Collection > Arcade Games > Space Ace
Space Ace
Space Ace represents the second laser disc effort from Don Bluth and Rick Dyer. In Space Ace, you take on the roll of "Ace" who is attempting to rescue "Kimberly" from the evil "Commander Borf".

There are a couple of features that make Space Ace distinct from Dragon's Lair. First, "Borf" has an "infanto-ray" which can turn the hero "Ace" into a scrawny kid named, "Dexter". During the game, you switch between these two roles (Ace and Dexter). The other thing that makes Space Ace unique from Dragon's Lair is that you are allowed to choose the difficulty level when the game starts ("Cadet", "Captain", and "Ace"). Dragon's Lair had difficulty levels but they were determined by dip switches in the cabinet.

While I saw Space Ace at multiple arcades when I was a kid, the place that I played it most was "Rockwood Lanes", a bowling alley near my house. In fact, that might be one of the reasons that I don't like Space Ace nearly as much as Dragon's Lair. Every time I see a Space Ace machine, I remember the cigarette smells combined with the stench of old shoes that flowed from that bowling alley. Another reason that I don't like it as well is that it has full voice acting. While many people might see this as a positive, I actually appreciate Dragon's Lair for the fact that I don't have to hear Dirk's voice (grunts aside). Dexter's scrawny voice for some reason just didn't appeal to me. On a related note, I don't think Link (of Zelda) should ever have a voice (although many people want him to), I think it would have the same negative effect on me.

As you can see from the pictures below, it was my original intent to restore the cabinet (which ultimately became Space Ace) to a Dragon's Lair. However, about half way through the process I found a much cleaner conversion of a Dragon's Lair on eBay and decided to restore it, leaving this one to be a Space Ace. You can check out my Dragon's Lair restoration here.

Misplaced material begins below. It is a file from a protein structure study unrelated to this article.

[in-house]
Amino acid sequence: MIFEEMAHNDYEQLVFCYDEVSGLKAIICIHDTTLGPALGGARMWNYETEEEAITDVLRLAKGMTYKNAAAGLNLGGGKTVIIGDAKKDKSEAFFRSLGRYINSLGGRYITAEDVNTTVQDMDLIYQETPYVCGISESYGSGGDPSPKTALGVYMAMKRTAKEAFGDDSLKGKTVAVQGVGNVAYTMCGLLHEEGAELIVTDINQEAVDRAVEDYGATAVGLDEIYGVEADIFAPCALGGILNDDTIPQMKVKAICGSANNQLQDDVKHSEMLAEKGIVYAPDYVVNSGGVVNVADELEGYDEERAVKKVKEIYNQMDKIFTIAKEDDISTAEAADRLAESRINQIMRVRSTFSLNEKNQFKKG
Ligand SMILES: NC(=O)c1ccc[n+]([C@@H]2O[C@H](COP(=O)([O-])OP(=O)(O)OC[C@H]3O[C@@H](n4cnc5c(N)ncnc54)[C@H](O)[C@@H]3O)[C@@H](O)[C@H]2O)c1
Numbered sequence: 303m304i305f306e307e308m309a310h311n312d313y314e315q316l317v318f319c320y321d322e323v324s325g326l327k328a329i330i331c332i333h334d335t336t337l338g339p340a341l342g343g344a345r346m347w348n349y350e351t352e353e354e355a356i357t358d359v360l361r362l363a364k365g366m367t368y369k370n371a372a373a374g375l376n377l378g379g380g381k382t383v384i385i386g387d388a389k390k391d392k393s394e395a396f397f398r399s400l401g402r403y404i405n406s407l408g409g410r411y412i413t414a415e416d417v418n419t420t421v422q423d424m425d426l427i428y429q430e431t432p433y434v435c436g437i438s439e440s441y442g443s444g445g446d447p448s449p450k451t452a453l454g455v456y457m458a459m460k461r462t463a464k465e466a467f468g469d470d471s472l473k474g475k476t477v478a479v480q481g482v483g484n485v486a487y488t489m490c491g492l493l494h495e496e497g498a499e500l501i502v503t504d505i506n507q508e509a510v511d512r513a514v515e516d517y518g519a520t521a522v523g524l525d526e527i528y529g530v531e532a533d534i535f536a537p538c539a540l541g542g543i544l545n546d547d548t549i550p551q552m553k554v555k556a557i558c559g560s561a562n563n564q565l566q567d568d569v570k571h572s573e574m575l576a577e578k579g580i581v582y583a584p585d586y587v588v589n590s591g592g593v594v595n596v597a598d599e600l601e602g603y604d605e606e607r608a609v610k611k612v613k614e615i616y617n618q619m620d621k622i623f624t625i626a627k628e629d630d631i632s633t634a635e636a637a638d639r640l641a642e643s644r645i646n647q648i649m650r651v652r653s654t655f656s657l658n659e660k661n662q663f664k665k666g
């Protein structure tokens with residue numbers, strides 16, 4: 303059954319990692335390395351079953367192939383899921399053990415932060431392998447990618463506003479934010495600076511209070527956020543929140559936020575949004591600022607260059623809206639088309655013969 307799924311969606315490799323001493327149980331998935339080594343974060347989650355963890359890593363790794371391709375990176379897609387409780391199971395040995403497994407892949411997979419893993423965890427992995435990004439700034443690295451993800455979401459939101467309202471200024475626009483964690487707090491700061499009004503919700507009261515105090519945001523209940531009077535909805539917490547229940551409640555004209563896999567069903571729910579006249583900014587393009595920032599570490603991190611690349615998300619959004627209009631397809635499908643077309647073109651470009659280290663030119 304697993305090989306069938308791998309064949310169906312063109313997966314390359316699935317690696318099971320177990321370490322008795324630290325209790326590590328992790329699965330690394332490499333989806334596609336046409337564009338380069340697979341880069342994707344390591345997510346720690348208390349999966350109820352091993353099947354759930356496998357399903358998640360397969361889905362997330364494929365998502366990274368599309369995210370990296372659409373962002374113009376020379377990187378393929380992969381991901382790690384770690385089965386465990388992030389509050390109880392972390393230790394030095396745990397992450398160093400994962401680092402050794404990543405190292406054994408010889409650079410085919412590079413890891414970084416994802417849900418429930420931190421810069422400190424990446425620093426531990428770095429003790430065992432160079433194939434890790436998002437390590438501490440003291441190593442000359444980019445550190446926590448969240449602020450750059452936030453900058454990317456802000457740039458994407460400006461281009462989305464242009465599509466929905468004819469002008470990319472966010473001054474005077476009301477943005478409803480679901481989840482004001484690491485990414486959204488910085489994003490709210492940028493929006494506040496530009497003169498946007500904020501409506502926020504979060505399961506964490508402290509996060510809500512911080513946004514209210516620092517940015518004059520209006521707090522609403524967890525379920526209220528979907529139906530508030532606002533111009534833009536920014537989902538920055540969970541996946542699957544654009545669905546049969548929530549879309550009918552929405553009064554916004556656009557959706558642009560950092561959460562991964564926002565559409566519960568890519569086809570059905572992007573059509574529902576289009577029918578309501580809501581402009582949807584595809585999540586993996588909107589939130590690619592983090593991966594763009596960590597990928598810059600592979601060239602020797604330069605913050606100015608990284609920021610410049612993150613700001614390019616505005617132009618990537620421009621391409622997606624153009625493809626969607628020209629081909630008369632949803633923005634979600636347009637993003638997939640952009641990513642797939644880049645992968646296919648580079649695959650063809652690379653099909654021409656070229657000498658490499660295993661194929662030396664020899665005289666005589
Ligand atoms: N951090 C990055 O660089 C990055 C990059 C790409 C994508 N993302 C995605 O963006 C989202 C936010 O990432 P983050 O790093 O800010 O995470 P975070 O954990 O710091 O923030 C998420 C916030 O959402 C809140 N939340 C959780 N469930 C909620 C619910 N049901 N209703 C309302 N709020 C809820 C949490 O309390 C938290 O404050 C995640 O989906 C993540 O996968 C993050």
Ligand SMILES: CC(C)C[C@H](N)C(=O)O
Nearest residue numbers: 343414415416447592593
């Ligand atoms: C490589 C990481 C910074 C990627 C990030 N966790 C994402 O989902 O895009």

The actual restoration to Space Ace was quite an undertaking. The original cabinet had been converted to "Cobra Command". I would not be lying to say that this was the worst conversion I have ever seen. The cabinet was completely hacked, the original control panel had been replaced with a poorly fitting one, the angled screen had been converted to be completely vertical (the score board area was removed), the top had been chopped, and the sides were badly damaged. Through the help of several friends and family members, we were able to rebuild several of the cabinet pieces to restore it to a Dragon's Lair/Space Ace cabinet.

As far as the actual electronics and related cabinet parts go, I had to acquire pretty much everything off of eBay or via retro arcade part suppliers. This includes the laser disc player (a LDP-1450 w/ a Hi-Tech Laser Disc Conversion Kit), the scoreboard, the volume control, the power supply, the PCB, the wiring harness, the marquee, the marquee rails, the bezel, and the artwork. I also obtained a couple of Space Ace laser discs, both which play all of the way through but have some degree of laser rot (sadly).

Another funny aside is that although I was able to memorize and beat Dragon's Lair back in the 80's, I have yet to complete Space Ace. I really haven't had a ton of time to play it, but look forward to completing it some time in the near future...

Repair Log
To date, I have performed the following repairs on this game:
  • Acquired power supply, volume control, main PCB, wiring harness, bezel, marquee, marquee rails, and artwork
  • Acquired two Space Ace laser discs
  • Acquired Sony LDP-1450 player and Hi-Tech Laser Disc Conversion Kit
  • Fully restored the control panel (filled holes, new control panel overlay, etc.)
  • Rebuilt major portions of cabinet
  • Applied vinyl and side art to cabinet
  • Future repairs:

    • Install the Annunciator PCB and related buttons on the control panel (allows for difficulty selection)

Game Information
Year: 1983


Arcade Games